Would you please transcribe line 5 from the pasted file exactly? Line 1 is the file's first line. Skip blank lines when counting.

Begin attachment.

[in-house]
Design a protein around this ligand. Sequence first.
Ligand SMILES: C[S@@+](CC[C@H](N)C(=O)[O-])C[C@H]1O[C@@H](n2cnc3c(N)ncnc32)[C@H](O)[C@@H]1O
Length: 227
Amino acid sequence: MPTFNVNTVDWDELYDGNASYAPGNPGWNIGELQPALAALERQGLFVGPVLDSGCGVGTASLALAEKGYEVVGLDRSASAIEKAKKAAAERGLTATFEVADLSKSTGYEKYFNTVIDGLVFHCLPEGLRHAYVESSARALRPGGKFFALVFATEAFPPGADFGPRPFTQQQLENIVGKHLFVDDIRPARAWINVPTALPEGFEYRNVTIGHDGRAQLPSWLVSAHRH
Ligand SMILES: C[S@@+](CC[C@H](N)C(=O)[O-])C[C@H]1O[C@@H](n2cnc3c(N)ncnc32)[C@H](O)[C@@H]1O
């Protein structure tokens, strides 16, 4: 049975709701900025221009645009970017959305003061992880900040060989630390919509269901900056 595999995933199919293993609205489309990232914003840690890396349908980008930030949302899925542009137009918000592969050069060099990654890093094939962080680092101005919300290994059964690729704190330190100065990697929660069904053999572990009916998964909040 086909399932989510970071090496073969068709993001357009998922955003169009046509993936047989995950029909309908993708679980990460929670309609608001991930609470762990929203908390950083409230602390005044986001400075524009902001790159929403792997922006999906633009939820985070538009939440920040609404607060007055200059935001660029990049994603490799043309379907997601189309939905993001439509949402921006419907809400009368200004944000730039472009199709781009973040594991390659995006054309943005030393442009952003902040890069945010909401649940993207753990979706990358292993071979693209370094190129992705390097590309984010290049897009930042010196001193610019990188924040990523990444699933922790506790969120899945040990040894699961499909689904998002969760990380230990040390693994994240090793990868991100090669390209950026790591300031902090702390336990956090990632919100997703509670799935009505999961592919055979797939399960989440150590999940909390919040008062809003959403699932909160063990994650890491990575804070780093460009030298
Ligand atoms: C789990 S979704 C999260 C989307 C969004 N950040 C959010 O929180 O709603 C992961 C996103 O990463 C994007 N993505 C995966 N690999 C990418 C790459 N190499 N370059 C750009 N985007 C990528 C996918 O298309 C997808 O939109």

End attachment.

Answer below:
Amino acid sequence: MPTFNVNTVDWDELYDGNASYAPGNPGWNIGELQPALAALERQGLFVGPVLDSGCGVGTASLALAEKGYEVVGLDRSASAIEKAKKAAAERGLTATFEVADLSKSTGYEKYFNTVIDGLVFHCLPEGLRHAYVESSARALRPGGKFFALVFATEAFPPGADFGPRPFTQQQLENIVGKHLFVDDIRPARAWINVPTALPEGFEYRNVTIGHDGRAQLPSWLVSAHRH